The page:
The Egyptian government carries out the largest number of executions in its history Rights groups condemn the execution of 15 people after a military trial that does not meet basic fair trial standards
The undersigned groups condemn the execution, today, of 15 people sentenced to death in case no. 411/2013/Ismailiya plenary felonies, known as the “Officer Tracking Cell” case. This is the latest in a series of death sentences handed down without regard for basic guarantees for a fair trial.
The families of the 15 defendants were shocked after learning that the Egyptian authorities had executed their loved ones today, although Article 472 of the Code of Criminal Procedure allows relatives of people sentenced to death to meet with them on the day of their execution, provided it is not at the execution site itself. The sentences were carried out in the Borg al-Arab and Wadi al-Natrun prisons, according to notification given to the defendants’ families after the executions.
The 15 people sentenced to death were: Ahmed Azmi Hassan Mohammed, Abd al-Rahman Salama Salem, Alaa Kamel Selim, Musaad Hamdan Salem, Halim Awwad Suleiman, Ibrahim Salem Hammad, Ismail Abdullah Hamdan, Hassan Salama Gomaa, Dahab Awwad Suleiman, Youssef Ayyad Suleiman, Mohammed Ayyash Ghannam, Salama Saber Selim, Fouad Salama Gomaa, Mohammed Salama Talal, and Ahmed Salama Talal.
The first-instance court issued its verdict, sentencing 15 defendants to death, on June 16, 2015; a minor defendant was sentenced to 15 years in prison, and three other defendants were acquitted. The Supreme Military Court upheld the sentences on November 13, 2017, which means the executions were carried out 43 days later.
According to the indictment order, the case involved an attack on the Safa 3 Checkpoint in al-Arish on August 15, 2013. Nineteen people were charged with murder in connection with the incident, three of whom were subsequently acquitted, and all defendants were charged with possession of automatic weapons and ammunition. The attack caused the death of an officer, a sergeant, and nine soldiers.
The interrogation reports of the Military Prosecution and case files reveal several violations of the defendants’ right to a fair trial, which nevertheless did not sway the court in its conclusions and sentencing. First, a number of the defendants were forcibly disappeared, held for up to four days in illegal detention facilities in the North Sinai security sector, namely at the 101st border guard brigade facility and the Zuhour camp in Sheikh Zuweid. In the case files, the prosecution justified their unlawful detention by citing the general security situation and the lack of sufficient security forces that heightened fears of the detainees’ escape. The case files also contain some documentation of signs of torture inflicted upon the defendants. The prosecution’s external examination of Ibrahim Salem (who was executed today) revealed injuries and wounds to his eyes, wrists, right forearm, and right leg, as well as bruises and scrapes on his chest, stomach, and back. The prosecution noted these injuries in the interrogation report.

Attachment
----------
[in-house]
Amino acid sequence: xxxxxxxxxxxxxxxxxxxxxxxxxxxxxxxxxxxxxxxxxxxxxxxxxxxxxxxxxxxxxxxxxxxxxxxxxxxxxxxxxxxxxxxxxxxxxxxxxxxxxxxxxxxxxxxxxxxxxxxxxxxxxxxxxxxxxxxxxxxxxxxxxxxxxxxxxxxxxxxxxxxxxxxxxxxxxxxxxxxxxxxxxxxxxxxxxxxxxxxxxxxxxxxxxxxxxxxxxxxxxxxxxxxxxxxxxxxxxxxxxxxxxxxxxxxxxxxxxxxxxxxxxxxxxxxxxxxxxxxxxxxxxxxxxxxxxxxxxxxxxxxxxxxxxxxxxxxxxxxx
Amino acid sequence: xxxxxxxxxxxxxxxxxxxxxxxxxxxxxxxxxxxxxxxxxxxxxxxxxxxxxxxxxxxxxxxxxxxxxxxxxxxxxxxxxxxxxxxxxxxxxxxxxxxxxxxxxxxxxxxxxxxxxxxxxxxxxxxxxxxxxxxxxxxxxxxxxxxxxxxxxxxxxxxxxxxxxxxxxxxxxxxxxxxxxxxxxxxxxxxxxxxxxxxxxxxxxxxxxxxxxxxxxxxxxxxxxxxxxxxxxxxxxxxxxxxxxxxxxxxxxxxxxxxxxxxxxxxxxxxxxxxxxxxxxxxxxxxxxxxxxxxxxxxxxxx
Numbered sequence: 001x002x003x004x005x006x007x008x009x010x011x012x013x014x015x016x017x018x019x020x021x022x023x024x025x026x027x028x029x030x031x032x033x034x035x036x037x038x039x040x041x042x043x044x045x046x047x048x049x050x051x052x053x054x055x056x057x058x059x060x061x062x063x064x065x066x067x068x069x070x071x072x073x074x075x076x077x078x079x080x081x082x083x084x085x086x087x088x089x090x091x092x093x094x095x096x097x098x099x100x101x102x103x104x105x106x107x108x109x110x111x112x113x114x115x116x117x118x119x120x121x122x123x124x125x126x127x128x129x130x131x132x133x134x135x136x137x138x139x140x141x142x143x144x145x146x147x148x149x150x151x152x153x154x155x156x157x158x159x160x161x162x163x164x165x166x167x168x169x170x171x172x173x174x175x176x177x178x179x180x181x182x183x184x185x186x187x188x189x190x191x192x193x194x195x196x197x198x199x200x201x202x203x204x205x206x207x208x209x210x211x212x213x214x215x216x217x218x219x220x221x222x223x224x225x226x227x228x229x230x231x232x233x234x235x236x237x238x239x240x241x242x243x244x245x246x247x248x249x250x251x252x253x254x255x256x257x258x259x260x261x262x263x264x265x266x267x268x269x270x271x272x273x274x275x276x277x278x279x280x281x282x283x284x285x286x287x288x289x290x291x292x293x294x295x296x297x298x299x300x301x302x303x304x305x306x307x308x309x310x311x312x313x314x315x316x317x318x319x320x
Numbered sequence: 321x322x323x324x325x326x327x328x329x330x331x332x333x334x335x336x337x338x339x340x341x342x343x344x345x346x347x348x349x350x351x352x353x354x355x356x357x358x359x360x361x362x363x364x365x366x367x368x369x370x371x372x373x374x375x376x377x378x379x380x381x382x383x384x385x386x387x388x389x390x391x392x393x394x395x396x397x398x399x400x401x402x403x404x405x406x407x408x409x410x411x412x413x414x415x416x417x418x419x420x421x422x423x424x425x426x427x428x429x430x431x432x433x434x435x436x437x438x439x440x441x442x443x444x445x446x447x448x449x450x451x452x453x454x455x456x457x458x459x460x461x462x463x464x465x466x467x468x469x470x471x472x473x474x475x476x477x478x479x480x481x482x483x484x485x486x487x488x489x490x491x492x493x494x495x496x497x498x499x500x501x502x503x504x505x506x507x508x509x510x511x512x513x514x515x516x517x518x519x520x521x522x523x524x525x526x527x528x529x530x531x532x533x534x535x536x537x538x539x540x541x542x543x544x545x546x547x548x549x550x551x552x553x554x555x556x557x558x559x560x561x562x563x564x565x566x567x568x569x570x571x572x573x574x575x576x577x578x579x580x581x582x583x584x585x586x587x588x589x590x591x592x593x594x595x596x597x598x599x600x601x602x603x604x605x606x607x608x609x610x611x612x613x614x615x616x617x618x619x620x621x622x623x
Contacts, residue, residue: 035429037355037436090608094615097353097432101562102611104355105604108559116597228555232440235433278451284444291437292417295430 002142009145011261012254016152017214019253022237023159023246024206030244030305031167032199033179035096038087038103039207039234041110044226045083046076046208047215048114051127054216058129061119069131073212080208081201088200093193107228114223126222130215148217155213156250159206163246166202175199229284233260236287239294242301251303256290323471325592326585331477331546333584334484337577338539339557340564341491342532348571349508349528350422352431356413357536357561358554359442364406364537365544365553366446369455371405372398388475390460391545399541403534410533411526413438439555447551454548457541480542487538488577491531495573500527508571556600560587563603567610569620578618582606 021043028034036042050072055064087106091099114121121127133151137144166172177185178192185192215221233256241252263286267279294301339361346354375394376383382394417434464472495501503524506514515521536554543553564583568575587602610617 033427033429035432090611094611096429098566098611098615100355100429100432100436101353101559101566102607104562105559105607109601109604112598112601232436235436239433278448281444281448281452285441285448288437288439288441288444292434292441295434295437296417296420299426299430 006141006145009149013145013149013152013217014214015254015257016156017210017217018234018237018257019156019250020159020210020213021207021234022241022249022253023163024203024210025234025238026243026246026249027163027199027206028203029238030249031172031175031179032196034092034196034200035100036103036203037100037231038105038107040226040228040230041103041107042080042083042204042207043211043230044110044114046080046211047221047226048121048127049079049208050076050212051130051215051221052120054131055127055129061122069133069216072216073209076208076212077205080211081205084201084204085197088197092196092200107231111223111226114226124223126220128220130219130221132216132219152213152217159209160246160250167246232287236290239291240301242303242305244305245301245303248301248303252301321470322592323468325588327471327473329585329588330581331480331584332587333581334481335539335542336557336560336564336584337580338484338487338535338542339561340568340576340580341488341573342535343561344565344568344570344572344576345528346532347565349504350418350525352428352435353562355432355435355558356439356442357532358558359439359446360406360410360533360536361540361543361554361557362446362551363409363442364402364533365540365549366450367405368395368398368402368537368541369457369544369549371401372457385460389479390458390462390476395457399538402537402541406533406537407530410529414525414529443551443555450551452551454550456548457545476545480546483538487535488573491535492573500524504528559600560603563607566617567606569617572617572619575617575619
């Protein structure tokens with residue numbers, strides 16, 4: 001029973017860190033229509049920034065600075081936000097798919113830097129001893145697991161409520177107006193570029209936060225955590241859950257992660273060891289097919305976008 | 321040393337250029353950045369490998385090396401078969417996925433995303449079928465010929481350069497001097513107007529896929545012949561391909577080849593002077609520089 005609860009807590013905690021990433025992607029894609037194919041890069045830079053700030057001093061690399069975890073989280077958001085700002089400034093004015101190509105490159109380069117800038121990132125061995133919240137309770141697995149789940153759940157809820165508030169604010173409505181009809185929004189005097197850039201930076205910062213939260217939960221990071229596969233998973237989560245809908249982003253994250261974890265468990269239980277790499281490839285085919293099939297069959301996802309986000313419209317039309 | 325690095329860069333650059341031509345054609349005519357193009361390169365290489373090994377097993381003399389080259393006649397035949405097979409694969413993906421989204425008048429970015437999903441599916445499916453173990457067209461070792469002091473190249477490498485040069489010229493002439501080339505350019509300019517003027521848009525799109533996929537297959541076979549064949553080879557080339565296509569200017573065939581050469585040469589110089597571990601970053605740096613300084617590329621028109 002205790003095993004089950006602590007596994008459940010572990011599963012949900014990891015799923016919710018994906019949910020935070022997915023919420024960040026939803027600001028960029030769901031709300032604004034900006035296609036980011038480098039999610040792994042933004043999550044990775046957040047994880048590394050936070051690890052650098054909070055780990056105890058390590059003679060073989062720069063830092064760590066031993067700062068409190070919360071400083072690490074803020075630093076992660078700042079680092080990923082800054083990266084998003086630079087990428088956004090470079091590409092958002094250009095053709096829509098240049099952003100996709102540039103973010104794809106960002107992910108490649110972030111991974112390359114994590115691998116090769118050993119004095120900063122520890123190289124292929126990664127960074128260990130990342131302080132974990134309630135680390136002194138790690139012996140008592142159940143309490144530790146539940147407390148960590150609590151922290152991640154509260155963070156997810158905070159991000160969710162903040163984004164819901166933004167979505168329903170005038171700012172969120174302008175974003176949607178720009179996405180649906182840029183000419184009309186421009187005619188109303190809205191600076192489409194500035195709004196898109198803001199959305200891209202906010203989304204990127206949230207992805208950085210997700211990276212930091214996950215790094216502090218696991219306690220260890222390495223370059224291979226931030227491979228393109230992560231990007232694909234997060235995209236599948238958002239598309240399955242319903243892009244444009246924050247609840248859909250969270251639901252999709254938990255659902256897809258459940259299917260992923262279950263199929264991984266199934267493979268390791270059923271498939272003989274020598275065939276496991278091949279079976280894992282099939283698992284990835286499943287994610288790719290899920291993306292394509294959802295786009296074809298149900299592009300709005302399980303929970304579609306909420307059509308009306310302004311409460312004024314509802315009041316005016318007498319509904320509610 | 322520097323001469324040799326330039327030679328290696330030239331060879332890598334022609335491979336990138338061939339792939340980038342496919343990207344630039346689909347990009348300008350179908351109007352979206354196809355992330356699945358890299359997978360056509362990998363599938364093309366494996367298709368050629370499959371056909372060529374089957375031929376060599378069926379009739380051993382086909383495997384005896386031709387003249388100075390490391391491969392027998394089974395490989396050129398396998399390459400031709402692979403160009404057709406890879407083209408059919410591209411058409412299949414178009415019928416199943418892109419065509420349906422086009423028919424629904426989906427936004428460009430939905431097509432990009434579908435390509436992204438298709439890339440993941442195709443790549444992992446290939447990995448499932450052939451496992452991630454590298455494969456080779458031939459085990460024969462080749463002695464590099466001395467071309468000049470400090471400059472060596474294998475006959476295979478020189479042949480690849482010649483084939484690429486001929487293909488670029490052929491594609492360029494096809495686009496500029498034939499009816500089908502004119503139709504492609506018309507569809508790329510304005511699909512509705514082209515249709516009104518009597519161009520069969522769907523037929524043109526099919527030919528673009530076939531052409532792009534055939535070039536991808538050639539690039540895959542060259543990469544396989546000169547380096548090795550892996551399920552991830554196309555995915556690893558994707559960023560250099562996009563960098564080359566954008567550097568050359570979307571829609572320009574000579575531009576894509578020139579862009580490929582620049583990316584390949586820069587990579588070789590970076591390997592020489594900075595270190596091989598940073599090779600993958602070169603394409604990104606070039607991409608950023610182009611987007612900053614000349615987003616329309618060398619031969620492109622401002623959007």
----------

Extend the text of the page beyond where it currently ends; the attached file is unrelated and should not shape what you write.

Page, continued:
In addition to enforced disappearances and torture, nine of the fifteen executed men had no attorney present with them during questioning. The other six had three attorneys appointed for them by the prosecution - an infringement of their right of defense. Another violation appears in the statement of the officer who conducted the investigation: he does not adequately clarify how he gathered the information used to write his investigative report, noting only that it came from confidential, trustworthy sources.
The latest execution of 15 people brings the total number of civilians executed following military trials to 21 people since 2013. In May 2015, death sentences were carried out against six defendants in case no. 43/2014/North Cairo military felonies, known as the “Arab Sharkas Cell” case. That trial, too, was marred by numerous human rights violations during the arrests and interrogation, and the prosecution and military court similarly disregarded reports of enforced disappearance and torture by the defendants and their families.
Military tribunals have handed down death sentences in numerous cases, including case no. 22/2015/Tanta military felonies (the Kafr al-Sheikh Stadium case), no. 174/2015/Gharb military felonies (the Qualitative Operations case), and no. 264/2015 (the Storming of the Tamia Police Station case), among others.
The military court has not hesitated to take the lives of people in the wake of trials that do not meet fair trial standards. Given the legislative tendency to expand the authority of the military courts and the judicial tendency to deploy capital punishment politically, the undersigned groups demand limiting the military judiciary’s jurisdiction over civilians. They further demand an immediate moratorium on the death sentence, given that it constitutes a flagrant violation of the right to life and to a fair trial. The signatories also stress that continuing to issue and carry out death sentences, especially in military trials, erodes the values of justice and does not achieve the state’s declared objective of combating terrorism.
Adalah Center for Rights and Freedoms
Al Nadeem Center for Rehabilitation of Victims of Violence and torture
Association for Freedom of Thought and Expression
Egyptian Commission for Rights and Freedoms
Egyptian Initiative for Personal Rights
No to Military Trials for Civilians